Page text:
In the 1980's we were impressed by the companies listed in In Search of Excellence, yet by the 1990's many of these were gone.
Why do apparently good companies fail? If you think failure is not possible, consider that this was almost certainly also the belief of those who did. In the 1980's we were impressed by the companies listed in In Search of Excellence, yet by the 1990's many of these were gone.
How many companies make the Fortune 500 and vanish within a decade? Average corporate life expectancy in Europe and Japan is a frighteningly short 12.5 years.
Are you immune? If you are a leader today, a core part of your role is to constantly monitor the health of your organisation, to ensure it does move from survival to long-term success. To be on the lookout for failure, you will need a new set of eyes.
Many thousands of words have been written about corporations in trouble, but few have addressed the core question: how do seemingly well-run companies get themselves into strife? The answer for institutionalised bad behaviour is almost always that there is no one person at the board level who acts as the corporate conscience.
Lest those of us in business start feeling superior, it has to be said that few chairpersons and few boards have the support of a ''conscience keeper'' or as I would prefer to put it, a ''reputation guard'' - a fearless and independent voice that understands that corporations live or die by their reputation.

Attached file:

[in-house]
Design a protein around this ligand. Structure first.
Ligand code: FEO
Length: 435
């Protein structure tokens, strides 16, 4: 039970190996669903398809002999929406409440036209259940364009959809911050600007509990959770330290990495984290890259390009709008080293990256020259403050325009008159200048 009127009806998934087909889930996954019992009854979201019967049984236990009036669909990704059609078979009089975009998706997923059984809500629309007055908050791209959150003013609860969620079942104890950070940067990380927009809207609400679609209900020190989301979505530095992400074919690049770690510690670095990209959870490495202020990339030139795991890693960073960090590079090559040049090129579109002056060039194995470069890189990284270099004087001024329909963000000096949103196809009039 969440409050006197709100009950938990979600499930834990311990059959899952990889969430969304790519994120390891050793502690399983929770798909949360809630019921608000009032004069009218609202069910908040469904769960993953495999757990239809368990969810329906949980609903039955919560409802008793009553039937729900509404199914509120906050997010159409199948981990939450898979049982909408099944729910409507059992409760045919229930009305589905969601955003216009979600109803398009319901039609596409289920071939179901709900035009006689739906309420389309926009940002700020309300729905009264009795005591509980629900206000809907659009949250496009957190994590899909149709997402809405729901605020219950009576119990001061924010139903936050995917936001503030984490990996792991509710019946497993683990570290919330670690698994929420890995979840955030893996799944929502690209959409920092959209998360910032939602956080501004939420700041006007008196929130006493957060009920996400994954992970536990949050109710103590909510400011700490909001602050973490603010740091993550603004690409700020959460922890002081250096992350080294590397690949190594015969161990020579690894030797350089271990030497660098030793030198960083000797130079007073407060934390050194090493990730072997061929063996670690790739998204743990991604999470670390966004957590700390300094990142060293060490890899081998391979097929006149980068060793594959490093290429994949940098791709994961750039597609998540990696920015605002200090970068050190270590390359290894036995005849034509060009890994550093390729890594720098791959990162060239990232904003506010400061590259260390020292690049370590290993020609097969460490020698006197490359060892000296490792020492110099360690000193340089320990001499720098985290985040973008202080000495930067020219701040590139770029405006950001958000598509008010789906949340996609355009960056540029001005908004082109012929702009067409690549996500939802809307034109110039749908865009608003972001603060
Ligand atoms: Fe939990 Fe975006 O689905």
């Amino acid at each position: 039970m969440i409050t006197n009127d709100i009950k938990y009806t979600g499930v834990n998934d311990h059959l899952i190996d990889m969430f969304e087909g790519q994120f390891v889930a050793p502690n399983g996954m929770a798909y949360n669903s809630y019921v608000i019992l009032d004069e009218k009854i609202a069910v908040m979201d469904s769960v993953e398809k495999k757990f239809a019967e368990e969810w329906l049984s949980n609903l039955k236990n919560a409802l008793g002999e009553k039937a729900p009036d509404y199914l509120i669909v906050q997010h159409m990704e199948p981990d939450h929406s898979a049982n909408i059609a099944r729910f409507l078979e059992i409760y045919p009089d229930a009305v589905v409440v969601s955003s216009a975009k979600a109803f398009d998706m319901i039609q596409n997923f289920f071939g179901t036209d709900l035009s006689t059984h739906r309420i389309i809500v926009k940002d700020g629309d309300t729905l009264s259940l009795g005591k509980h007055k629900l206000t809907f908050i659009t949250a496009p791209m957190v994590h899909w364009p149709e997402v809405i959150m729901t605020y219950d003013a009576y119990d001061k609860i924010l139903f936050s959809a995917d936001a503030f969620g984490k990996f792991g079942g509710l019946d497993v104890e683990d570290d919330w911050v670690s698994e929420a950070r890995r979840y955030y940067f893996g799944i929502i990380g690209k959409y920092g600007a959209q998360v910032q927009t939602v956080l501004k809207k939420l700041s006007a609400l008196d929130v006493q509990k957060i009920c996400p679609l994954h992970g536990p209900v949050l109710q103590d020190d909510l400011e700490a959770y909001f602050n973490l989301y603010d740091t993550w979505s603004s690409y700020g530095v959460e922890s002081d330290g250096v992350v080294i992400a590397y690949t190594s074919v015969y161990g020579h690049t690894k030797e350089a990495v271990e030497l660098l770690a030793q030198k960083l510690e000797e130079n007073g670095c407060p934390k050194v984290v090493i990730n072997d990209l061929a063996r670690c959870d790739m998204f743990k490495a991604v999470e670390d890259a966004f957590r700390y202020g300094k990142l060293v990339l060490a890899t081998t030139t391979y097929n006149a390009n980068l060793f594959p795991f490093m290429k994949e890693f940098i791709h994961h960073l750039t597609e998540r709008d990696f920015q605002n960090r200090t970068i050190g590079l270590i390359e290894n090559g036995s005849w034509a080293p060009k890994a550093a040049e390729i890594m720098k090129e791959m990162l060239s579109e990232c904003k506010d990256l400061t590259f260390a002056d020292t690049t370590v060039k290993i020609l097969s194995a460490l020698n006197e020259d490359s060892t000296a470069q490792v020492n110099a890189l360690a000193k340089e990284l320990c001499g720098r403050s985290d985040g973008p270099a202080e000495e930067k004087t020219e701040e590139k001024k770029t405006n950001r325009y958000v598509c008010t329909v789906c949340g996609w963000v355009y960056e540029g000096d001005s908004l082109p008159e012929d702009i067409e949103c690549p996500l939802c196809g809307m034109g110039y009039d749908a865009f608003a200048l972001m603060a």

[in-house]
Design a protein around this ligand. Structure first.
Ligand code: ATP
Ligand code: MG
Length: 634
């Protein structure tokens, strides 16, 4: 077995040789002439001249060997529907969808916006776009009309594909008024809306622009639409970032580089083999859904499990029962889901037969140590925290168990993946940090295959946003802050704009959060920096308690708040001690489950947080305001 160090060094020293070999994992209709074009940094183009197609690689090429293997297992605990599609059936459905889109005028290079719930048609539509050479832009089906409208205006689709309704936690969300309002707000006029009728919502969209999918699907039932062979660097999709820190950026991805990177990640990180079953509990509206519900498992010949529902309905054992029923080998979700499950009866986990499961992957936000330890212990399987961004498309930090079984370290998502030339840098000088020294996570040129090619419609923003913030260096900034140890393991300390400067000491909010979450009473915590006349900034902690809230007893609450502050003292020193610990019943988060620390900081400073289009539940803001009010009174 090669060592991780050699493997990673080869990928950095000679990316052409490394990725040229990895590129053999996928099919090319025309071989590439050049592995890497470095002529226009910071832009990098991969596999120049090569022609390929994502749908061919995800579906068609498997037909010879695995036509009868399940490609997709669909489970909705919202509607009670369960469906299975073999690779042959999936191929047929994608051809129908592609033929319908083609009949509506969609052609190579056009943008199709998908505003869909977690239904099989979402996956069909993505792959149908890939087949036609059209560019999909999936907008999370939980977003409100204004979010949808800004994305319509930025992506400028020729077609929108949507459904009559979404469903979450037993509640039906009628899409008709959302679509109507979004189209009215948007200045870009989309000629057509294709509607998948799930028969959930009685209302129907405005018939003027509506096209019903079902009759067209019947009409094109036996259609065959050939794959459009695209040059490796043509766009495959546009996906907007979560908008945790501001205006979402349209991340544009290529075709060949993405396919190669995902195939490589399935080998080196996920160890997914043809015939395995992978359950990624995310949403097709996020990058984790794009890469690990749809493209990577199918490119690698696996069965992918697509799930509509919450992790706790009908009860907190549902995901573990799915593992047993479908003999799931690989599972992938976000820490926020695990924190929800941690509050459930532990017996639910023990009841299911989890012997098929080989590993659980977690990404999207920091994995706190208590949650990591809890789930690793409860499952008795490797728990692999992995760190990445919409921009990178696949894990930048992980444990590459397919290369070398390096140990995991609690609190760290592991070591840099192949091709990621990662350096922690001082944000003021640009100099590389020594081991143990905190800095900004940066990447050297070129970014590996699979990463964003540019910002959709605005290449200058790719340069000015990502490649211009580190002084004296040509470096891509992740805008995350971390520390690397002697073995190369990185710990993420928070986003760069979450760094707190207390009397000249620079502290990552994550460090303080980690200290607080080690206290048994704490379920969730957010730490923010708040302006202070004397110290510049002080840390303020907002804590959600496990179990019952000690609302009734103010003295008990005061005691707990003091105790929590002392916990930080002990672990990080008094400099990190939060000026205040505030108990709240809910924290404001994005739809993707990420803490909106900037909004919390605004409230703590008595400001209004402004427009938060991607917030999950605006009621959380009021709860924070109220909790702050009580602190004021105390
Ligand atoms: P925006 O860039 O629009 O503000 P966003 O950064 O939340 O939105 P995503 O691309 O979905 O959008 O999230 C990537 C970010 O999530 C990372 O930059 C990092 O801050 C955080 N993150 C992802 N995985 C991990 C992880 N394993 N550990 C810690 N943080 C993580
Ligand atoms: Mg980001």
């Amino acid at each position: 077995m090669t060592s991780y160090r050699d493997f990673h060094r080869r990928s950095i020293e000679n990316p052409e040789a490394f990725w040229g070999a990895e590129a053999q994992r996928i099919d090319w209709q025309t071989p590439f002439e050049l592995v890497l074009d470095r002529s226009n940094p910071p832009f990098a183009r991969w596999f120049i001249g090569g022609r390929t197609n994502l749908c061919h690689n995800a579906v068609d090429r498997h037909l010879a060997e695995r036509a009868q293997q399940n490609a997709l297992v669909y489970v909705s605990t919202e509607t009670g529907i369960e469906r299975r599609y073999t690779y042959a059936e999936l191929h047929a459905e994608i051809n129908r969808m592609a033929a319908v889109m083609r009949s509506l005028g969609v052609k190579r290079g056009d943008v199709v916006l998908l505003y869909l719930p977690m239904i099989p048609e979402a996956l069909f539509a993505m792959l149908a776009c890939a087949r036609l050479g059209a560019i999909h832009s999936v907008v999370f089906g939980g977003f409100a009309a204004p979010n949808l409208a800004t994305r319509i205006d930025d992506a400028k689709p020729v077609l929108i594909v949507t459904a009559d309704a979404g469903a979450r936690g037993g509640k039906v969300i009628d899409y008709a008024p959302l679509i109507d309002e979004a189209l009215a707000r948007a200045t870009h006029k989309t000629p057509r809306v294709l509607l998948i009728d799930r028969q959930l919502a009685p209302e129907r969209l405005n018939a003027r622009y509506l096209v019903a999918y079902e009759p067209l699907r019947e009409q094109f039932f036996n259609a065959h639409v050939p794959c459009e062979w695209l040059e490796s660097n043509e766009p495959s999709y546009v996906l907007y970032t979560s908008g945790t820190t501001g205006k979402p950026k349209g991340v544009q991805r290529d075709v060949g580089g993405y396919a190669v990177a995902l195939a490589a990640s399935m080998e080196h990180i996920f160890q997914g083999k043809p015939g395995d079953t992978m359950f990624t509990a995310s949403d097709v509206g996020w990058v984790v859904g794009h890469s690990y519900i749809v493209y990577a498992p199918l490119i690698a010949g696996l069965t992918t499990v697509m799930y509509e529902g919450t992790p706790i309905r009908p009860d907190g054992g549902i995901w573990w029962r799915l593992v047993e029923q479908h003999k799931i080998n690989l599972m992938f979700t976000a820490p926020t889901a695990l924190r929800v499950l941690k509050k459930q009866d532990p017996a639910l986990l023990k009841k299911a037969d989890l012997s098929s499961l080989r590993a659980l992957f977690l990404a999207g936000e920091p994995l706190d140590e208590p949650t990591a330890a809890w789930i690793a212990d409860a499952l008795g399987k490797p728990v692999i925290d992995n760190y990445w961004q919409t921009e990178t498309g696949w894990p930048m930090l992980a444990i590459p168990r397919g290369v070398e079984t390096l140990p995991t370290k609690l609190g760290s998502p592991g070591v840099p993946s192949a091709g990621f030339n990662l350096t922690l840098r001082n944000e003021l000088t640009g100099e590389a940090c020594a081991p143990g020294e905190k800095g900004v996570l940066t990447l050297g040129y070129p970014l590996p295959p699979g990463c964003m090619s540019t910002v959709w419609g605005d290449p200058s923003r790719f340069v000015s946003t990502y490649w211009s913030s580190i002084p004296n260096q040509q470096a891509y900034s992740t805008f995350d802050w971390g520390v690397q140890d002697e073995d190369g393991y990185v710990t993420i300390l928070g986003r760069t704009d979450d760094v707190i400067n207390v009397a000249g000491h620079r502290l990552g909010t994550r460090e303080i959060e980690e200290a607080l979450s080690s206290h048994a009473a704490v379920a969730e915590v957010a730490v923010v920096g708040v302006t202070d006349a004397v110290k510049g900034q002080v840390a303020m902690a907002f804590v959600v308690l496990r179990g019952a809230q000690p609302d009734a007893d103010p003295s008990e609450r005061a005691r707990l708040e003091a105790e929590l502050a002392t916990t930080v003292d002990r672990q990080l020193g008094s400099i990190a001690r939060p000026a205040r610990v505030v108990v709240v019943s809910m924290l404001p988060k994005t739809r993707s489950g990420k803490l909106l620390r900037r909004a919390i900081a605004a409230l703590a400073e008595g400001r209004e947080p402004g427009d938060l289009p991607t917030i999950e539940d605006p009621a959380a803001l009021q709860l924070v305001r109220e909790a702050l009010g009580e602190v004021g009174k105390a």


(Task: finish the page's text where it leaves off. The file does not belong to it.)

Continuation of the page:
Few senior executives and directors have the ability to compare organisational perceptions with real world views. Their biggest mistake is to believe their own propaganda.
But danger lurks in many seemingly harmless parts of your organisation, and this danger can be best described as the acceptance of bad habits. Once bad habits creep in, if you are not a watchful leader, they are passed on to others and gradually become part of your corporate culture. Failure then looms just around the corner.
Spotting bad habits sounds easy but is hard to do - most leaders exist in a kind of cocoon, surrounded by myths and a denial of what is true. Denial among those at the top, and around the top, is endemic. This denial can put the core business at risk, because the leadership group simply cannot see new realities.
I've listened to leadership groups making claims that ''we are different'' and they clearly are not. I've heard them ridicule their competitors and claim that nothing good can come out of these other companies - wrong on both counts.